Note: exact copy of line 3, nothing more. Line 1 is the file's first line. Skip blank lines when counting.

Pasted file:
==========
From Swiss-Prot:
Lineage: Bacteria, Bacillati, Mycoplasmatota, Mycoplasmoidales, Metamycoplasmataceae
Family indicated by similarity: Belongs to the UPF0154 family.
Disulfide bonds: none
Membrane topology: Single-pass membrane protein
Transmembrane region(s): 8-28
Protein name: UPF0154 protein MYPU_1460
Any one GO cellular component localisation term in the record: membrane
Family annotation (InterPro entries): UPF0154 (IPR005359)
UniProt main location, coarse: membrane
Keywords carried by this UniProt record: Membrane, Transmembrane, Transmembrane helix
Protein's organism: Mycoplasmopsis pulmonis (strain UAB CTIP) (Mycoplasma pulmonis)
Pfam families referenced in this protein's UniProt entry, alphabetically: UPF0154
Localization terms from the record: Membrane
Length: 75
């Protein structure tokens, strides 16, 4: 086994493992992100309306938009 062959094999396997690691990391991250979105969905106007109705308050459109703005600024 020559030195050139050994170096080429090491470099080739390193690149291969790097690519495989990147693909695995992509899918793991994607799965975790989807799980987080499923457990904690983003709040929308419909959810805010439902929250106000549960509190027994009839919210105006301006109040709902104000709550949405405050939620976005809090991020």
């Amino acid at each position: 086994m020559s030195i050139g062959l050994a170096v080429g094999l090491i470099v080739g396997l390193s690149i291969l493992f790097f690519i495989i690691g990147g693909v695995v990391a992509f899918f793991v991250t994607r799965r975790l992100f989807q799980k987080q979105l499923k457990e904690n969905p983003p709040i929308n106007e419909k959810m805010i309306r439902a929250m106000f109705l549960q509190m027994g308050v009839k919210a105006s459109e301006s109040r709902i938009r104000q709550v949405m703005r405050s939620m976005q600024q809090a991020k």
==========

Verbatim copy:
Family indicated by similarity: Belongs to the UPF0154 family.